Repair Tech Interview - Ryan Walker
It is our firm belief that band instrument repair techs are the true unsung heroes of the music community. A great repair tech doesn't just keep an instrument playing well, they give a musician confidence in their tools so they can play their best music. And great repair techs spend many years tackling the trickiest repair problems to hone their skill and earn their wisdom.
We think repair techs deserve a lot more spotlight so we are starting this series of interviews with the techs who inspire us. We love hearing their stories, advice and insight and invite you to comment, like and share these profiles so more folks can appreciate the behind-the-scenes artistry of musical instrument repair.
Interview 1: Ryan Walker
Ryan Walker is a repair tech at MusicMedic.com and The Sax Pro Shop in Wilmington, North Carolina. Ryan is also a superb player and holds double Bachelor degrees in Music Performance and Music Education. He has been working as a professional repair tech for over sixteen yearsn and has worked as a band director at Montross Middle School, a store manager, a freelance musician, and a woodwind instructor at various venues. He has marched many collegiate and professional stadiums, including Vanderbilt Stadium, Nashville Memorial Stadium, Clemson EverBank Field, Jacksonville Heinz Field, Pittsburgh The Superdome, and New Orleans for the 2000 NCAA national championship. Ryan has performed with the “Marching Virginians” Marching Band, Wind Ensemble, Saxophone Quartet, Clarinet Ensemble, New River Valley Symphony Orchestra/Opera Roanoke, the Baltimore-based funk band “Grilled”, the blues/bluegrass/rock band “Swinging Dick Egmond”, and the experimental Jazz Trio “Frozen Rodents.”
Key Leaves (KL): How did you start in saxophone repair? Where you work now and how long you have worked there?
Ryan Walker (RW): I started getting into repair work when I was a middle school band director. I would perform simple and quick fixes to a lot of the school’s and students’ instruments. I then worked at a music store in the D.C. area, where I further got into repair work. I worked at a place called Chantilly Music for nine years before making the move to Wilmington NC to work in the Sax ProShop at MusicMedic. I’ve been working in the Sax ProShop for seven years now.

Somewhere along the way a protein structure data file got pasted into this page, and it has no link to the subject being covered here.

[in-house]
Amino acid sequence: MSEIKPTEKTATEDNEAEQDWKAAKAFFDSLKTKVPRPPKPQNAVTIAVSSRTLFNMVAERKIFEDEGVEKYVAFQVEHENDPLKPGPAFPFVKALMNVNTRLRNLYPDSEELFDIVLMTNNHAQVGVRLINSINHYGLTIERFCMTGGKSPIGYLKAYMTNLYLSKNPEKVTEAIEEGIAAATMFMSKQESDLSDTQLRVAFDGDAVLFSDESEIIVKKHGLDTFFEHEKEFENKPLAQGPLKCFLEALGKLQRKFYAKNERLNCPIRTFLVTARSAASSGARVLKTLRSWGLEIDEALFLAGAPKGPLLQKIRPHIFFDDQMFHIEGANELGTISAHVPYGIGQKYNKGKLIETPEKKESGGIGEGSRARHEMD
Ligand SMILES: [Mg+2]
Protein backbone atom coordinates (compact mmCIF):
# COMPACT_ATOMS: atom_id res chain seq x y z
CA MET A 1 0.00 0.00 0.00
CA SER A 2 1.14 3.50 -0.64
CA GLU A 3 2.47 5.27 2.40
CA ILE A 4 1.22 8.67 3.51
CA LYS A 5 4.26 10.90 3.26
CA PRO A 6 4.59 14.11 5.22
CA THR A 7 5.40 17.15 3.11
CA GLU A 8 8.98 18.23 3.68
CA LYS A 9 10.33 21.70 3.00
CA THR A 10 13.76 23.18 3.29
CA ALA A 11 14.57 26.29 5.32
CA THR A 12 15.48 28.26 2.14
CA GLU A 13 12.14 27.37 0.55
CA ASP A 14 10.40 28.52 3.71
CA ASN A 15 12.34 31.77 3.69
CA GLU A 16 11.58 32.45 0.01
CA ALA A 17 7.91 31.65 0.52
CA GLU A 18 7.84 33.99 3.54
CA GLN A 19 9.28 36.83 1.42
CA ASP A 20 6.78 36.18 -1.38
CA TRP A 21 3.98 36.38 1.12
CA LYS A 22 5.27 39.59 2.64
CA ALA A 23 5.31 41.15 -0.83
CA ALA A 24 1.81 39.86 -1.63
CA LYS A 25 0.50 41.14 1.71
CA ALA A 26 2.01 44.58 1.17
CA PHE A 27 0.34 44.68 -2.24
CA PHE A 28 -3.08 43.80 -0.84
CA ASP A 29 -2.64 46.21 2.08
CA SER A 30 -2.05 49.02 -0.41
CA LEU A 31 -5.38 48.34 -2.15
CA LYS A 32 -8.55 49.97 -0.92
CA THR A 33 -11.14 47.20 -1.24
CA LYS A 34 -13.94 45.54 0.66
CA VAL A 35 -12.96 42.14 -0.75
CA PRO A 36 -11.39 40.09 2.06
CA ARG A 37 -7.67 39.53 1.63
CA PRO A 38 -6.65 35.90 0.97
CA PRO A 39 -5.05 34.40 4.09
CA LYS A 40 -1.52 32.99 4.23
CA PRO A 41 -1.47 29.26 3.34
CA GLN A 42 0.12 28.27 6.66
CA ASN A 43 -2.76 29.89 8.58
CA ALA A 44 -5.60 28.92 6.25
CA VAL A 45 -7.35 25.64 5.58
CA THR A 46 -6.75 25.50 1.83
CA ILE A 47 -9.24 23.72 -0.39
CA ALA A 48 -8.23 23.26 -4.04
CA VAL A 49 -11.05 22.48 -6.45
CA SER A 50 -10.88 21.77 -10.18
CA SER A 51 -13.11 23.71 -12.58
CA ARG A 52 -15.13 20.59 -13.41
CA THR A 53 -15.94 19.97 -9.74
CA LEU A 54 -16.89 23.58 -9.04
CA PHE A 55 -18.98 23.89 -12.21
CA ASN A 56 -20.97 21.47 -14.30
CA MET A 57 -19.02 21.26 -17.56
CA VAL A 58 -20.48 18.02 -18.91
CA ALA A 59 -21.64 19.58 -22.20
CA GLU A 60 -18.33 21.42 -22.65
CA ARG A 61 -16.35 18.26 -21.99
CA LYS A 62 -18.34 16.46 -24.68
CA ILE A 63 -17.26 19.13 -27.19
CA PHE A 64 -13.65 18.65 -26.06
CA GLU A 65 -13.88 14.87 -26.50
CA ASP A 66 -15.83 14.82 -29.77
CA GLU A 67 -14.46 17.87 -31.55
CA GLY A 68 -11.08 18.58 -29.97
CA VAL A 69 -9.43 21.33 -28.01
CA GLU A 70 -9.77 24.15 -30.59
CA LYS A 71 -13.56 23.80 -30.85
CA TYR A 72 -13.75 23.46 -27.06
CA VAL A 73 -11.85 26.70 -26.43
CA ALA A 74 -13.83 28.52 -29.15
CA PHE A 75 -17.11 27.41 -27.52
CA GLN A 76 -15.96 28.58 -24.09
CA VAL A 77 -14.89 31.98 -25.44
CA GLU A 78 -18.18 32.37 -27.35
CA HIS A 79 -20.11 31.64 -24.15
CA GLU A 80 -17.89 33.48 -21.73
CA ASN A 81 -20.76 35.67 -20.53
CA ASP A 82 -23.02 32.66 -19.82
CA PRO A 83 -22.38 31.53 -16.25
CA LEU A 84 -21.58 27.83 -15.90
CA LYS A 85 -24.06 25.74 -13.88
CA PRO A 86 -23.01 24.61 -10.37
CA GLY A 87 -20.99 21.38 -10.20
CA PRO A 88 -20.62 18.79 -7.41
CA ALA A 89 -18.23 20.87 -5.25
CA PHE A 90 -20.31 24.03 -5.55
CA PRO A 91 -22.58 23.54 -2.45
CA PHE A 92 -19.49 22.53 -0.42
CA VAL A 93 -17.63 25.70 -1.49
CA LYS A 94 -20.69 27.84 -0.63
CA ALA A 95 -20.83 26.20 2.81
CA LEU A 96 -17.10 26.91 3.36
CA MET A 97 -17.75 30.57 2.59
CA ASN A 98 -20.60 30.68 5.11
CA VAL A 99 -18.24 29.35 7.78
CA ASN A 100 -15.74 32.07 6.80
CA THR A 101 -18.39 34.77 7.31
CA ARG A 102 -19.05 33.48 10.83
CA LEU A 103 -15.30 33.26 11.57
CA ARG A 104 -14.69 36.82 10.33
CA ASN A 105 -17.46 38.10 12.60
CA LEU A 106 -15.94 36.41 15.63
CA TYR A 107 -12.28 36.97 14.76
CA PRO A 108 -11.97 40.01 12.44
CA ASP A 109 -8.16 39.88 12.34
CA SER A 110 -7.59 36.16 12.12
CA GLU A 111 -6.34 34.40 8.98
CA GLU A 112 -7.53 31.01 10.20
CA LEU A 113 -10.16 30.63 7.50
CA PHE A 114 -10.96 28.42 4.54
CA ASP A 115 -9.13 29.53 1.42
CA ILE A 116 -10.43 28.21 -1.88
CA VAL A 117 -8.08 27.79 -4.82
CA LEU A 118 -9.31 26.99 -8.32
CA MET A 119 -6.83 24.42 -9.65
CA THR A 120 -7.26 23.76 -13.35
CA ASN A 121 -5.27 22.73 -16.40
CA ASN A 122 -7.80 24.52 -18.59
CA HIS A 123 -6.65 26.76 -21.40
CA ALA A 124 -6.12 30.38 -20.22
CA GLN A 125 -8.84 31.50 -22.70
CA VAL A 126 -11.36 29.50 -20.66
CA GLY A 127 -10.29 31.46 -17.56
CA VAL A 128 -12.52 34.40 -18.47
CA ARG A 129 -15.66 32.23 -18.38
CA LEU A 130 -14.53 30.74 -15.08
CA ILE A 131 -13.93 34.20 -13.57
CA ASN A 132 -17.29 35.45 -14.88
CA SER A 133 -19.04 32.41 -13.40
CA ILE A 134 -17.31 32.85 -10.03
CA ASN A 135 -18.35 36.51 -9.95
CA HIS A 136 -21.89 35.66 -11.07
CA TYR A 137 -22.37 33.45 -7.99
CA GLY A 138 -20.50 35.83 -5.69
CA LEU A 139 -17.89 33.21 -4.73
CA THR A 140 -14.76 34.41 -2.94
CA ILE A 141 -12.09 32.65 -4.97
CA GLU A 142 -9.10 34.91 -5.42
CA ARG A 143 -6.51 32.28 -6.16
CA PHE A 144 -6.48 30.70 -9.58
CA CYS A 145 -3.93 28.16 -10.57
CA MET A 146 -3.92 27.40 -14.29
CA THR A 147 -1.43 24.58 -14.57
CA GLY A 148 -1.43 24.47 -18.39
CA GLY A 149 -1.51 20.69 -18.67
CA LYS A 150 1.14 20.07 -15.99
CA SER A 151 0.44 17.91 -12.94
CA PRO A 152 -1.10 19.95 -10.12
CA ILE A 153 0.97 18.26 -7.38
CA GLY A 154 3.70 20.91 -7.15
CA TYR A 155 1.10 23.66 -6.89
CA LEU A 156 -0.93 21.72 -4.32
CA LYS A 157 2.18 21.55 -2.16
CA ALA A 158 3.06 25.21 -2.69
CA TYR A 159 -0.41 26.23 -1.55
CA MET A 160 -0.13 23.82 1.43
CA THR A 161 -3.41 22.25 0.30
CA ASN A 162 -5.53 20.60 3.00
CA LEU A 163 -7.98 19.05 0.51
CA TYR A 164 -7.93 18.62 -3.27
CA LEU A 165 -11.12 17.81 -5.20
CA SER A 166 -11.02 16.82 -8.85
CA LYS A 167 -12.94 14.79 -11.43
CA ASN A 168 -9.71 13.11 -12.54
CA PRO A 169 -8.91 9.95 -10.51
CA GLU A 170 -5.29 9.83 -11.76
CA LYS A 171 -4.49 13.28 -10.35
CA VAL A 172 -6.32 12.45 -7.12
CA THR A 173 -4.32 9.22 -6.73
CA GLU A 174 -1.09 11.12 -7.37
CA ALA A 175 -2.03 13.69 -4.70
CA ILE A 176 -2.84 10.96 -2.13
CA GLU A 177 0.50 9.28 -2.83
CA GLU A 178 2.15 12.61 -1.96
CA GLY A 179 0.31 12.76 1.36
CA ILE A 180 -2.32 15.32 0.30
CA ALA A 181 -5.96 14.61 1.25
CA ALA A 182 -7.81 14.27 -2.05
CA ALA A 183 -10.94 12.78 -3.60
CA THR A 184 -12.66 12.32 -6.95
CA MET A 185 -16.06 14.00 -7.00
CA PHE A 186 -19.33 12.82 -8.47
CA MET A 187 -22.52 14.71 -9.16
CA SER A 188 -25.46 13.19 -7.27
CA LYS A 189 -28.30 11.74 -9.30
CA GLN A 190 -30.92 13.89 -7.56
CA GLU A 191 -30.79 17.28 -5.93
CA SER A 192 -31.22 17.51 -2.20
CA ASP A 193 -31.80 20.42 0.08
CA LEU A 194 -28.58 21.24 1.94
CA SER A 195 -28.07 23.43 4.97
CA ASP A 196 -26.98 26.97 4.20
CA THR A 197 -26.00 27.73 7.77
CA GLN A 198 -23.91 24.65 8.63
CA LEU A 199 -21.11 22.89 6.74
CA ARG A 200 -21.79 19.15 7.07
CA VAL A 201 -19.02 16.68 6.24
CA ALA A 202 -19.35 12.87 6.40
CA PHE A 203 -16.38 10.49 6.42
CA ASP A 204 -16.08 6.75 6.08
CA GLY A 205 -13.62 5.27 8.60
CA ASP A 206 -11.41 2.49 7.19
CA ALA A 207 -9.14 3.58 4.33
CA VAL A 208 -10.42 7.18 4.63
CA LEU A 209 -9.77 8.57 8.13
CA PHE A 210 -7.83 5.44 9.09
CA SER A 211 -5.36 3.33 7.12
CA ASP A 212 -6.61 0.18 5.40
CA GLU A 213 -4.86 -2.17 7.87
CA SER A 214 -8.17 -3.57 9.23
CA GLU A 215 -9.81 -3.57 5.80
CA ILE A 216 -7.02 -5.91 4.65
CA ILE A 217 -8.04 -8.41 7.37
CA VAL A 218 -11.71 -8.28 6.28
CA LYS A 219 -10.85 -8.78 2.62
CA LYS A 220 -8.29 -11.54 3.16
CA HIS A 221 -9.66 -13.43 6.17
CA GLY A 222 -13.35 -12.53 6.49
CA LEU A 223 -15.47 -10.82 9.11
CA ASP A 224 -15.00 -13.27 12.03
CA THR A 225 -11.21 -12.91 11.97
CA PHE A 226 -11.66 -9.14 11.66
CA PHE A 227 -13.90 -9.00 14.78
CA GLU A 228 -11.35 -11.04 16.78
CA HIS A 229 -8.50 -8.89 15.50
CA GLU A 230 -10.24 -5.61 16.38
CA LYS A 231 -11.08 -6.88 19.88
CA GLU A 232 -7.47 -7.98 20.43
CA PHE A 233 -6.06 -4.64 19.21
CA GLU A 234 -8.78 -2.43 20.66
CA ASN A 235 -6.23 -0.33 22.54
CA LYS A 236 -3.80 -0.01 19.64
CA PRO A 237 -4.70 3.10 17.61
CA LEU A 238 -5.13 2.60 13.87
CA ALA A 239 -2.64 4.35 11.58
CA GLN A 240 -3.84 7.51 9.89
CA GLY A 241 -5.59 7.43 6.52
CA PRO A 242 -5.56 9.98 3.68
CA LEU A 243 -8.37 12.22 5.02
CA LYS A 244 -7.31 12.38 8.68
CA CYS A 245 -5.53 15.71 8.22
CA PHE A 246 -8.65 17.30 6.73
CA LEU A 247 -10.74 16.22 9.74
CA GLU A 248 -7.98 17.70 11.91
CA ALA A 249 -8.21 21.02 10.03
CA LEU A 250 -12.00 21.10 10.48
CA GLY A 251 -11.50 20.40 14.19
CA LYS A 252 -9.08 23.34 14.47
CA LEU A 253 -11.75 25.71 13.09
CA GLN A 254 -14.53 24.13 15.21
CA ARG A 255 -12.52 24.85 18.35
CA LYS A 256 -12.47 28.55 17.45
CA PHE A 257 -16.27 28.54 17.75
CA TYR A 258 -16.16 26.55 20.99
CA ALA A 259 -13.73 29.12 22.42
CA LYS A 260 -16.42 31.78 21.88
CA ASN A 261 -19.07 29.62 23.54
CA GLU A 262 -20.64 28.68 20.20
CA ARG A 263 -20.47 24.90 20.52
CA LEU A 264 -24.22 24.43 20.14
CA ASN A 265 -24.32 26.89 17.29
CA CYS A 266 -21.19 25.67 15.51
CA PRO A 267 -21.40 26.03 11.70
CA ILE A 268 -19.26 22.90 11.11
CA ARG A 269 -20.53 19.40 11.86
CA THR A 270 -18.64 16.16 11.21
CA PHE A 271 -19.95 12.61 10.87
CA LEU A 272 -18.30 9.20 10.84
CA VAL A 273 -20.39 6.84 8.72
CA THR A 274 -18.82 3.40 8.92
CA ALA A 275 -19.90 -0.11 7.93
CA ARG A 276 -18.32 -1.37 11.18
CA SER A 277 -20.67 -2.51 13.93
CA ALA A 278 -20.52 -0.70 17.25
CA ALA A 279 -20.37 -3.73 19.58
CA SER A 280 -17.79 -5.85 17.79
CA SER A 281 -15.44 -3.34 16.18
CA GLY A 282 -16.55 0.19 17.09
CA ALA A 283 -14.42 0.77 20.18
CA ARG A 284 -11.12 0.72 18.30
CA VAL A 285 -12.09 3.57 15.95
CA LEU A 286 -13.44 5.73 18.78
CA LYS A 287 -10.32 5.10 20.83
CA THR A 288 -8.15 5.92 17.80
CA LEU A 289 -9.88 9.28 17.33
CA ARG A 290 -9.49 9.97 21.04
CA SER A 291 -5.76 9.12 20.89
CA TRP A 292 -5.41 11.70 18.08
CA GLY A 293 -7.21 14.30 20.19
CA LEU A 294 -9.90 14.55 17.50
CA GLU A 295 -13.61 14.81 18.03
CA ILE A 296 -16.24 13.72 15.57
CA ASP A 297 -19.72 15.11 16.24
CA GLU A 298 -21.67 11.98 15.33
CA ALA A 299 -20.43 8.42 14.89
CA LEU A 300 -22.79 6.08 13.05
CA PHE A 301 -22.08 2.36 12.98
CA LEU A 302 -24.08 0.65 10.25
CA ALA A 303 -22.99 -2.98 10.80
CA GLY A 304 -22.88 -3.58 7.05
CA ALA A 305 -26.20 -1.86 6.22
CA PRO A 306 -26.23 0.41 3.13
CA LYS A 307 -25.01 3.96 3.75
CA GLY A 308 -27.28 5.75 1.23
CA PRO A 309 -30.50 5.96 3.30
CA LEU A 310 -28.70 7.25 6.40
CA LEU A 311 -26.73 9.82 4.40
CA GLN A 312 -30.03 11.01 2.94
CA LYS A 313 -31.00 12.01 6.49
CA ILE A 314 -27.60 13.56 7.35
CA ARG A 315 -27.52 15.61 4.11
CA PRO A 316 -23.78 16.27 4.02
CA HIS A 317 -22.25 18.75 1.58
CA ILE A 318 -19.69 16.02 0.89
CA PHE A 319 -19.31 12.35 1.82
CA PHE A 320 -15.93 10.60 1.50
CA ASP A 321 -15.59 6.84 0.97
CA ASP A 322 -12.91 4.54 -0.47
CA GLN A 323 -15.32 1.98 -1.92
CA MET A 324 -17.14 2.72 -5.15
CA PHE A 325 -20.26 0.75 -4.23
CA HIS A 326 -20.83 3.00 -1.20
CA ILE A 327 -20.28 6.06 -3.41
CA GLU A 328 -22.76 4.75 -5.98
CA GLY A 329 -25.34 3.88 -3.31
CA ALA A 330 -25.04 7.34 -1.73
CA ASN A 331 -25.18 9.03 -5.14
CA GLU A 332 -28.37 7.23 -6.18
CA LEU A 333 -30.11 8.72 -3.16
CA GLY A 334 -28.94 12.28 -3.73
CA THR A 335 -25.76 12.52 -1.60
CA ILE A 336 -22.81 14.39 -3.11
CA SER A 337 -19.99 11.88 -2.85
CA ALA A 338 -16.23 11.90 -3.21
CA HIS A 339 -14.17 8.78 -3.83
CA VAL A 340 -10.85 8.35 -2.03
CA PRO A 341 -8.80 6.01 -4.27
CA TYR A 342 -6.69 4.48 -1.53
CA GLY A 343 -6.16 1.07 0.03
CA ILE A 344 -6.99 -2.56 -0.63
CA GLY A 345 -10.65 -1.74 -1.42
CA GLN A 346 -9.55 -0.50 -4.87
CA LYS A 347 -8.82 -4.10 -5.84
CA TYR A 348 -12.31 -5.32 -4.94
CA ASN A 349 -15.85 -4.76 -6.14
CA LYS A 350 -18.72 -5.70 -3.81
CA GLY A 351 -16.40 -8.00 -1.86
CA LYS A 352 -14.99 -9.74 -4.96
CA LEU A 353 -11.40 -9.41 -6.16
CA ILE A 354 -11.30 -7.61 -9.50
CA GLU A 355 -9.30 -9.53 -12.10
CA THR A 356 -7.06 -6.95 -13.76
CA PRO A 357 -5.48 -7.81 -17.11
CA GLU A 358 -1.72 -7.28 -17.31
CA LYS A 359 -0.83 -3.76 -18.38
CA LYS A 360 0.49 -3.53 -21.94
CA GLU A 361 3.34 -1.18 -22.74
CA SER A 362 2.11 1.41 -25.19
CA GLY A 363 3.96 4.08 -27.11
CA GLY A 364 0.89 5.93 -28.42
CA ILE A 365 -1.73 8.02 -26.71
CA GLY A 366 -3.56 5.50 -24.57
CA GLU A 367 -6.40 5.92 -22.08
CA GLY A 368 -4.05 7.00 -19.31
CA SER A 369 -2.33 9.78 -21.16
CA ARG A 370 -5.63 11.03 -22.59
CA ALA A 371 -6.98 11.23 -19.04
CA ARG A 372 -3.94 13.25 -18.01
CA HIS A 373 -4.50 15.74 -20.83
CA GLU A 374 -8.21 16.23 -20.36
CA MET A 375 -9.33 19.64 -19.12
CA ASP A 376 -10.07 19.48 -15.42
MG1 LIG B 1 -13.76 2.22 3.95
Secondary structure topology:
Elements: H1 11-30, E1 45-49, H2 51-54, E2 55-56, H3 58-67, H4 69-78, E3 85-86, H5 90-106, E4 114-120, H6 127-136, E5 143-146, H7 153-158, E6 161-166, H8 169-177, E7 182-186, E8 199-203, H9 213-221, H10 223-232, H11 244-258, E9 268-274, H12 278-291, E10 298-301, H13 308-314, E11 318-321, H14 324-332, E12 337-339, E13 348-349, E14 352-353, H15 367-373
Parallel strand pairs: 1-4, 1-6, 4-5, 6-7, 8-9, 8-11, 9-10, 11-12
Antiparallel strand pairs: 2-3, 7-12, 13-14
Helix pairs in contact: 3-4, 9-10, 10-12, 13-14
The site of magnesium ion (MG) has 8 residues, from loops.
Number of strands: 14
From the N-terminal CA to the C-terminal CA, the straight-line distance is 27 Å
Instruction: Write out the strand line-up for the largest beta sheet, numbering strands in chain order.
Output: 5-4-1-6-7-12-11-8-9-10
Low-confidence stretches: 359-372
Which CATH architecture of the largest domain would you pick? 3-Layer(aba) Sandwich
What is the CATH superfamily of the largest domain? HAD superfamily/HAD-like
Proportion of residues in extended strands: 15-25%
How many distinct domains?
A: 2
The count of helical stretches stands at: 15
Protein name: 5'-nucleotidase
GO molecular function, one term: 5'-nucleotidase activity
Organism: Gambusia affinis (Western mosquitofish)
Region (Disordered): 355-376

KL: Do you have a specialty and/or special projects you are working on
RW: Besides my corny jokes and puns, I would have to say my specialty is saxophone restorations and especially engraving. We specialize in vintage and professional saxophone repairs and restorations at the Sax ProShop. We pride ourselves in the innovative modifications we perform on our clients instruments. I am also one of the few people in the country that are currently hand engraving musical instruments.
KL: What Key Leaves saxophone care products do you recommend and why?
RW: I recommend all of the Key Leaves products! These products solve an on going problem with saxophones: sticky pads. The design of these products is simple yet genius. If you have sticky pads, get some Key Leaves. Now!
KL: What do you want the world to know about your work?
RW: I’d like to think my work is doing great things for the advancement of the saxophone, from innovation modifications to elaborate finishes and engravings on saxophones.
KL: Are there common mistakes you see players making when it comes to saxophone care?
RW: The biggest mistake I see players make when it comes to the care of their instruments is lack of routine maintenance. That includes cleaning your instrument after you’re done playing and annual visits to a competent repair technician for routine maintenance. You’d be surprised how well a saxophone will play with just a little bit of maintenance on a regular basis.
KL: Is there a horror story of instrument damage or neglect that you saved from the brink?
RW: We had a saxophone come into the shop that we nicknamed Project Swamp Thing. The customer had a less than amicable divorce with his wife. One day he comes home and his Yamaha tenor sax is gone, along with his ex-wife. Fast forward twenty years later and the same customer is dredging the pond on his property and pulls up his Yamaha tenor from the depths. He decides that he’d like to have it restored so he sent it into the Sax ProShop for us to work our magic. After about 60-80 hours, we restored his saxophone to its former glory, now with a interesting story behind it.
KL: What inspires you most about your work? Is there a moment or experience you want to share?
RW: The thing that inspires me the most about what I do is the freedom of creativity that I have at my job. I come in everyday and get to do what I love. I’m given the creative license to explore and experiment with new techniques and tools. I’m always happy to share my knowledge with anyone that cares to listen. I just hope that I’m helping advance the state of saxophone repairs and design.